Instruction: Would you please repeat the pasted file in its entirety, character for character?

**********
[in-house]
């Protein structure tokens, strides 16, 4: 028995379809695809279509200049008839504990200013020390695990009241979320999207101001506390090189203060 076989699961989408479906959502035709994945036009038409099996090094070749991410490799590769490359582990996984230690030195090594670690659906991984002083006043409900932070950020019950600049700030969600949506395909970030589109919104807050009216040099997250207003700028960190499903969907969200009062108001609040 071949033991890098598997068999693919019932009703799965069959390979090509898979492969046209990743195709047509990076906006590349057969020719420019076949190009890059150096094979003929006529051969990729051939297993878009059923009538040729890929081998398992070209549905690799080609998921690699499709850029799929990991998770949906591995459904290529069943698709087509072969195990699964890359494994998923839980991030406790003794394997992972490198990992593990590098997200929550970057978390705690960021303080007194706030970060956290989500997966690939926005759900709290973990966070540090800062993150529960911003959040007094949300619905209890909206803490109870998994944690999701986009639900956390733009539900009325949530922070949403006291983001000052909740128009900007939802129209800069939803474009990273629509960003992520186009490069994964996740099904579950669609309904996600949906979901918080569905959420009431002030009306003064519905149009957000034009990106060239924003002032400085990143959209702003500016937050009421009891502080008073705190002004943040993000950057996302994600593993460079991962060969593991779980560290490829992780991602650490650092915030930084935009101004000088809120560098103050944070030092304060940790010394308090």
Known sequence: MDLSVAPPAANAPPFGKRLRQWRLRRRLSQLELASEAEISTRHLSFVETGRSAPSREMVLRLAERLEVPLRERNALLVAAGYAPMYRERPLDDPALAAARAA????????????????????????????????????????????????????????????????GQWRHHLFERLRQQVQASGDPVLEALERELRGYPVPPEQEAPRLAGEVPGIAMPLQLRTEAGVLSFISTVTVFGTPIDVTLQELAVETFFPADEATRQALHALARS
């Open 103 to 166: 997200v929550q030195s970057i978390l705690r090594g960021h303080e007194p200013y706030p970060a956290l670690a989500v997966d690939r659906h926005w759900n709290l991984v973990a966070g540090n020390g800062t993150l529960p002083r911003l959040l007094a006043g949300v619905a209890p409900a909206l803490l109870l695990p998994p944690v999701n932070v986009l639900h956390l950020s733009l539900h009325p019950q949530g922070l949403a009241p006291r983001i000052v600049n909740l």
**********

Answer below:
[in-house]
């Protein structure tokens, strides 16, 4: 028995379809695809279509200049008839504990200013020390695990009241979320999207101001506390090189203060 076989699961989408479906959502035709994945036009038409099996090094070749991410490799590769490359582990996984230690030195090594670690659906991984002083006043409900932070950020019950600049700030969600949506395909970030589109919104807050009216040099997250207003700028960190499903969907969200009062108001609040 071949033991890098598997068999693919019932009703799965069959390979090509898979492969046209990743195709047509990076906006590349057969020719420019076949190009890059150096094979003929006529051969990729051939297993878009059923009538040729890929081998398992070209549905690799080609998921690699499709850029799929990991998770949906591995459904290529069943698709087509072969195990699964890359494994998923839980991030406790003794394997992972490198990992593990590098997200929550970057978390705690960021303080007194706030970060956290989500997966690939926005759900709290973990966070540090800062993150529960911003959040007094949300619905209890909206803490109870998994944690999701986009639900956390733009539900009325949530922070949403006291983001000052909740128009900007939802129209800069939803474009990273629509960003992520186009490069994964996740099904579950669609309904996600949906979901918080569905959420009431002030009306003064519905149009957000034009990106060239924003002032400085990143959209702003500016937050009421009891502080008073705190002004943040993000950057996302994600593993460079991962060969593991779980560290490829992780991602650490650092915030930084935009101004000088809120560098103050944070030092304060940790010394308090």
Known sequence: MDLSVAPPAANAPPFGKRLRQWRLRRRLSQLELASEAEISTRHLSFVETGRSAPSREMVLRLAERLEVPLRERNALLVAAGYAPMYRERPLDDPALAAARAA????????????????????????????????????????????????????????????????GQWRHHLFERLRQQVQASGDPVLEALERELRGYPVPPEQEAPRLAGEVPGIAMPLQLRTEAGVLSFISTVTVFGTPIDVTLQELAVETFFPADEATRQALHALARS
């Open 103 to 166: 997200v929550q030195s970057i978390l705690r090594g960021h303080e007194p200013y706030p970060a956290l670690a989500v997966d690939r659906h926005w759900n709290l991984v973990a966070g540090n020390g800062t993150l529960p002083r911003l959040l007094a006043g949300v619905a209890p409900a909206l803490l109870l695990p998994p944690v999701n932070v986009l639900h956390l950020s733009l539900h009325p019950q949530g922070l949403a009241p006291r983001i000052v600049n909740l």